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13 - The Crisis in Former Yugoslavia

The situation which significantly marked the life and future of AFSOUTH were the events following the collapse of the Yugoslav Federation and eventually the war in Bosnia-Herzegovina. NATO's involvement began with a political statement made in February 1992, calling on all parties to respect cease-fire arrangements in order to allow deployment of United Nations peacekeepers. In July, the United States launched the operation "Provide Promise," to deliver supplies to Bosnia-Herzegovina.

On 10 July 1992 the Foreign Ministers of the North Atlantic Alliance discussed, at Helsinki, the NATO contribution to the monitoring of sanctions mandated by the United Nations Security Council Resolutions. Welcoming the Western European Union's (WEU) Ministers' decision to establish a naval monitoring force, they agreed on a corresponding NATO force to be drawn from NATO's Standing Naval Force Mediterranean. They also required the NATO force to act in close co-operation and co-ordination with the Western European Union naval force. Another ‘first' for NATO was to take place in the southern region.

At the time of this decision the ships of STANAVFORMED were making a routine port call at Lisbon, Portugal. The Supreme Allied Commander Europe (SACEUR), Gen. John Shalikashvili, directed the ships to deploy to the Ionian Sea to be prepared for future operations. By the evening of 11 July all the ships had left port en-route to the Ionian Sea.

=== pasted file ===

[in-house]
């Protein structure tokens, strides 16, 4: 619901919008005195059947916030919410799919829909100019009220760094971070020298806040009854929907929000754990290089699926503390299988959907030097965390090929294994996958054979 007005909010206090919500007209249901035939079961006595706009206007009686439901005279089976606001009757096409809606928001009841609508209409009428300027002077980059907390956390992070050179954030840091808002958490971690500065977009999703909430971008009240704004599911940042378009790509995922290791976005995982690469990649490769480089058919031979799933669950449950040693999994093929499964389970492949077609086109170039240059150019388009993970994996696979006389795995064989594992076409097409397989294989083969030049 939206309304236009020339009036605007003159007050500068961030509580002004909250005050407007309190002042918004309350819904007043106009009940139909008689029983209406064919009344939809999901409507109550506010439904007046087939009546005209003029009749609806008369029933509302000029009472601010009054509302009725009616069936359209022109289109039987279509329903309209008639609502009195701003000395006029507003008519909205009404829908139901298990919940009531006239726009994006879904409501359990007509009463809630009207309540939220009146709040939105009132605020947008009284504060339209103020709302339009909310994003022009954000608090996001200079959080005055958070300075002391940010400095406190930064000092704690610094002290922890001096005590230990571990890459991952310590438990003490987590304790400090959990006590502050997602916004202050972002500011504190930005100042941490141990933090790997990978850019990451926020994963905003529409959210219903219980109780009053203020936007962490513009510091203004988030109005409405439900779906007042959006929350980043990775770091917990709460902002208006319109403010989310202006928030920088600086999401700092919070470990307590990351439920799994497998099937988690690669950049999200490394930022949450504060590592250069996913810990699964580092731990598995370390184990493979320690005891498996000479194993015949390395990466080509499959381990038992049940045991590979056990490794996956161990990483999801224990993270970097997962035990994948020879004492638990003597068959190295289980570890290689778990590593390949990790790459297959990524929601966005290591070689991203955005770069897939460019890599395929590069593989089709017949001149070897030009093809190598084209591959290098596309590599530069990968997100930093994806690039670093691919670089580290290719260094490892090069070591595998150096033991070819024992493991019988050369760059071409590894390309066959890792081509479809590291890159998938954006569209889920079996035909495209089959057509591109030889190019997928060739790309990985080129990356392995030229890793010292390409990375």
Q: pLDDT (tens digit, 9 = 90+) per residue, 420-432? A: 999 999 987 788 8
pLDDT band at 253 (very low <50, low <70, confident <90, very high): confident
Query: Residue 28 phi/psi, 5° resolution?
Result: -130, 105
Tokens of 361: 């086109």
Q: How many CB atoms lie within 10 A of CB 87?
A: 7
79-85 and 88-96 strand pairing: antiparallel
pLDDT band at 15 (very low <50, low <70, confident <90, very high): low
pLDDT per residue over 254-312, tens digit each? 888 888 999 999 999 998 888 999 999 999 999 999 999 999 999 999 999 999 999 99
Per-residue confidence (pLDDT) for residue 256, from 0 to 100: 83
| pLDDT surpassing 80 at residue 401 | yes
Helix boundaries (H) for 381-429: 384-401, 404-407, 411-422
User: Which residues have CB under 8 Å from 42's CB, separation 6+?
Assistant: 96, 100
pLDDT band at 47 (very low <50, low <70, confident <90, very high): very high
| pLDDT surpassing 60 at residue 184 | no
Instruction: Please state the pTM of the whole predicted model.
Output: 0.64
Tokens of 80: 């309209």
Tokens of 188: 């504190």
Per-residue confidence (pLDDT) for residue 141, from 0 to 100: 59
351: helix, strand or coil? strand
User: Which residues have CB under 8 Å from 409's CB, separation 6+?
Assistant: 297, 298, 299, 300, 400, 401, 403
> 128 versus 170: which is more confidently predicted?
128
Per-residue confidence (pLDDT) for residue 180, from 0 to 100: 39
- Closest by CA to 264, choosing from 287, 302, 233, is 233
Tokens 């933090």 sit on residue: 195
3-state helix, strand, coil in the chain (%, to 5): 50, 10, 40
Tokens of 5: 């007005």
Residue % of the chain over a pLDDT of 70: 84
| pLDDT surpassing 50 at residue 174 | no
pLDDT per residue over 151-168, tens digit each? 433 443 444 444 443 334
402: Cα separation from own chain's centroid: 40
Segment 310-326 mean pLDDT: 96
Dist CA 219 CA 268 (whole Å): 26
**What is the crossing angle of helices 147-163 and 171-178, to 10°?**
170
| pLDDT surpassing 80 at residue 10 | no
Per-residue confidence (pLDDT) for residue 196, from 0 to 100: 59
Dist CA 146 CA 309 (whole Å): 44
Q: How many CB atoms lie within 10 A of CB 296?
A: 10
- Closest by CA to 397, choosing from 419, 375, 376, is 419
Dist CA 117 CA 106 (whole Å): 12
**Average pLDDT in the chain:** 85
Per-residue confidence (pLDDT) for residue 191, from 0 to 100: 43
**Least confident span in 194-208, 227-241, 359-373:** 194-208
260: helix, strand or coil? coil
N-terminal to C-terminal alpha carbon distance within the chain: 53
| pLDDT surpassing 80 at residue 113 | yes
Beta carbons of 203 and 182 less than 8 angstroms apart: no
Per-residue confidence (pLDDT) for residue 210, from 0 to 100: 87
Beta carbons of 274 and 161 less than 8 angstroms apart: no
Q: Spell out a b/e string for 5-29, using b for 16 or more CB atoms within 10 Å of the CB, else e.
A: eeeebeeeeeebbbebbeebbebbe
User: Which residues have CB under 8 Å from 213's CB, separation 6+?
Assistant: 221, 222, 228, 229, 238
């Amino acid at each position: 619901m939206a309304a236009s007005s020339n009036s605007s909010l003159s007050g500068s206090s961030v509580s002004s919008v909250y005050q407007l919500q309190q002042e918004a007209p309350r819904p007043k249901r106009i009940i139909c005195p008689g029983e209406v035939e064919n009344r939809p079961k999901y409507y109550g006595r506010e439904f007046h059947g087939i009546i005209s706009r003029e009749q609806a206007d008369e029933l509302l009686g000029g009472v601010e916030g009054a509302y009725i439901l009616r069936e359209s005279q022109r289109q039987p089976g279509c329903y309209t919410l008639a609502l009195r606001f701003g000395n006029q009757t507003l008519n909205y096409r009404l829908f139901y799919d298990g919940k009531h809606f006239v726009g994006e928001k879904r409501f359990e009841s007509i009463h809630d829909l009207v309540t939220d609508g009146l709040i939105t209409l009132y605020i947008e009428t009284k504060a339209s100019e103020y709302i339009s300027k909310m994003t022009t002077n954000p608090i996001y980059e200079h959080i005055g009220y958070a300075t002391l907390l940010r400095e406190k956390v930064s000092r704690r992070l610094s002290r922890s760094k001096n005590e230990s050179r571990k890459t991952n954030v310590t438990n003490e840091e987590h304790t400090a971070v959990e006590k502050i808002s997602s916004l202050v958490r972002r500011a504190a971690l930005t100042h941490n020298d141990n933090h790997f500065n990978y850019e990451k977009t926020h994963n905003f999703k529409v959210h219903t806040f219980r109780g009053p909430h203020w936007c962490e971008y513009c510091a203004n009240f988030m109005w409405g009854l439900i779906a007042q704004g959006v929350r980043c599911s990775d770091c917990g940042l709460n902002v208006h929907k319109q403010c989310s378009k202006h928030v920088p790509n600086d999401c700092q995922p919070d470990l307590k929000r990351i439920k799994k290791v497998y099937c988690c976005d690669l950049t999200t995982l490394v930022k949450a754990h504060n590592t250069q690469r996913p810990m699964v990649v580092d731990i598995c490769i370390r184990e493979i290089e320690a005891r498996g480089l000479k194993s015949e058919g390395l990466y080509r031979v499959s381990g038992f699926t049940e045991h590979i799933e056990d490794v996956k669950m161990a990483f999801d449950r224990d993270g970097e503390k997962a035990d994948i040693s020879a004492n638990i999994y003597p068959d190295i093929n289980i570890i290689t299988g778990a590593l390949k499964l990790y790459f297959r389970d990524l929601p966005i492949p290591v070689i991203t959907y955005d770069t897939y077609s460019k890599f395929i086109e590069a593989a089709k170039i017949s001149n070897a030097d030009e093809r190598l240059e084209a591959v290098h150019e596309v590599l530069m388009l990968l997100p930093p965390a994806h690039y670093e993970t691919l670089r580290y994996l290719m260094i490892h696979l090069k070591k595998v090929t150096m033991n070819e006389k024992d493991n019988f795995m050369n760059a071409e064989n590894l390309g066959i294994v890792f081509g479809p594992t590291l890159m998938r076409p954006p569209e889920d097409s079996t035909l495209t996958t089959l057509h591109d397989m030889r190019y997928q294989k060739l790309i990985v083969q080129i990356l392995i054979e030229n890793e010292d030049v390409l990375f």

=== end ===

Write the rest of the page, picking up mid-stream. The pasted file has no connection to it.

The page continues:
On 15 July the North Atlantic Council and NATO's Defence Planning Committee (DPC) finalised the arrangements for implementing the decisions taken by the Alliance Foreign Ministers at Helsinki. The Council agreed that the NATO force based on STANAVFORMED should commence operations at 0800 local time on 16 July 1992. By direction of the DPC, the NATO units were ordered to conduct "surveillance, identification and reporting of maritime traffic in areas to be defined in international waters in the Adriatic Sea."

On 16 July -- less than five days from the first warning -- the first units of STANAVFORMED entered the Adriatic and commenced their monitoring role in international waters. This Operation was given the name "Maritime Monitor" and it complemented the parallel linked operations conducted by WEU forces, named "Sharp Vigilance." STANAVFORMED started patrolling an area in international waters off the Montenegro coast on 16 July 1992.

Prior and subsequent to the start of the mission, detailed co-ordination arrangements were worked out between NATO and WEU military officials both for patrol aircraft and for surface ships. These included co-ordination of areas of responsibility, methods of operation, communications, support and re-supply. NATO Airborne Early Warning (NAEW) aircraft provided all the involved international units with operational connectivity, including an air radar picture which was integrated with the surveillance conducted by the various Maritime Patrol Aircraft, helicopters and ships on patrol.